These changes seemed aimed at streamlining the show and making each show run faster and less informally. After the changes, children began not being brought out with the couple (kids gradually started reappearing after several months in the middle of 1956 with less frequency than they originally had been), even when the couple said the children were backstage or in the audience. The stunts started getting a little harder and Collyer was a bit less helpful. Stunts tended to be more often aimed towards skill and difficulty than the slapstick and embarrassment that had been at the forefront in the past. (Before this, it was commonplace for every contestant to win the Jackpot in an episode.)
This in some ways "modernized" the show — one might note that the conversation between Collyer and children of contestants was very much definitive/reminiscent of early game shows of the 1950's. Similarly the addition of the teaser and the super bonus in some ways took the feel of the show away from a very informal free-flowing game that happened to have cameras rolling to a more smooth running, pressure-filled atmosphere with a more "produced" feeling with more gimmicks than ever before.
There were two other changes of note to the actual implementation of the show; first, the Jackpot Clock (the magnetic word puzzle) moved back to its original location behind the contestants' podium. Secondly were the prizes; Naturally the new sponsor brought new prizes. First the gift given to contestants still included the home game (now "courtesy of Fresh" with Fresh graphics on the box, though seemingly still including a photo of Roxanne) but the camera kits with Sylvania flashbulbs were replaced by a gift box of Fresh products (and of course, photos of messy stunts were no longer taken). The Jackpot Prize was no longer a TV set, but various rotating prizes.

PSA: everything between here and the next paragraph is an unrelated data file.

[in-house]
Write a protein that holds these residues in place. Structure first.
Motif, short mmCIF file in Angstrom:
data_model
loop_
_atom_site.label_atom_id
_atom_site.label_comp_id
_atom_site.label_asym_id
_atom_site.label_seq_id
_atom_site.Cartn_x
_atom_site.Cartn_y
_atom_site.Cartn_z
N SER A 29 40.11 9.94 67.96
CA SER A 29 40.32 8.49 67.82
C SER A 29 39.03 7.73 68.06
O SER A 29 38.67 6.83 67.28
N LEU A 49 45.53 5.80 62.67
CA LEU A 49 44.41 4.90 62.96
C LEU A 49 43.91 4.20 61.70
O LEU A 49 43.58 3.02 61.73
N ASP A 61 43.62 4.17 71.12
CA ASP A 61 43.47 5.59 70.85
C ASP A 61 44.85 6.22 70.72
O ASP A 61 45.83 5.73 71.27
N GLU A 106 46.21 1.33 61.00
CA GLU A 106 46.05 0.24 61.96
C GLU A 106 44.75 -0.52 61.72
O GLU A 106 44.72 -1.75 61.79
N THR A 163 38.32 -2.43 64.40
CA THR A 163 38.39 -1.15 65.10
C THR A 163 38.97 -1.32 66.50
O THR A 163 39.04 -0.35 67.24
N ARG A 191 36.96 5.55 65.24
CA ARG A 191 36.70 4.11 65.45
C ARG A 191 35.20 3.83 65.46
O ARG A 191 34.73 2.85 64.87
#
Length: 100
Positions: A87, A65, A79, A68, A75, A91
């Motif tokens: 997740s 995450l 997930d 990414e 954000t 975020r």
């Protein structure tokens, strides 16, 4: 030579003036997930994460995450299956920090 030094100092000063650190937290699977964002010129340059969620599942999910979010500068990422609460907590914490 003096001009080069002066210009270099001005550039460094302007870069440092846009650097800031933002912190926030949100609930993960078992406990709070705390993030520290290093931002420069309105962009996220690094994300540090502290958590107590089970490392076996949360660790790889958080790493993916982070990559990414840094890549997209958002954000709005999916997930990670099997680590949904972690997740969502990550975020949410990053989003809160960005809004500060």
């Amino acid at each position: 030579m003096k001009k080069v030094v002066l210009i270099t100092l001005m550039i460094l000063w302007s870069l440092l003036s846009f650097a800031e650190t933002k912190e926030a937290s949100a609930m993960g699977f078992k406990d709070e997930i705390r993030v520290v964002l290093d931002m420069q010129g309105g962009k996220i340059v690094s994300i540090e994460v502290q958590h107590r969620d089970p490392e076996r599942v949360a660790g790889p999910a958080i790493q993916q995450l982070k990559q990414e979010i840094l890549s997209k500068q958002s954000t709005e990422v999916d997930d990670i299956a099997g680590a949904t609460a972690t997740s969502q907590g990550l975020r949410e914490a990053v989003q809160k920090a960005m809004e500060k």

On the first episode of Fresh's sponsorship, jackpot prizes included a Westinghouse Deluxe Laundromat washer and matching dryer, and a pair of York snorkel air conditioners. Betty or Eileen posed with the prizes instead of Beverly. The last Sylvania prize ever awarded on the show was a Windermere console with a hi-fi.
A new theme song was introduced called Subway Polka, and the opening teaser introduced months earlier was eliminated. The set was redressed very similar to the way it had originally appeared, and even the Clock itself went back to its original appearance (except for the Hazel Bishop name instead of Sylvania's on the face). Another change that coincided with the new sponsor and timeslot was that Beverly was no longer with the show. Contestants were introduced by the announcer, and prizes and gifts were presented by the other assistants. The gifts included a giftbox of Hazel Bishop cosmetics, and a yet-again rebranded home game.
In January 1957, the home game was replaced with a new home version of the magnetic Jackpot Board. The prizes remained, for the most part, the same or similar prizes as under Fresh's sponsorship. A few weeks into the new big cash bonus, the lighting was dimmed (or at least some camera effect was used) to darken the studio and highlight the contestants and the lights on the Clock.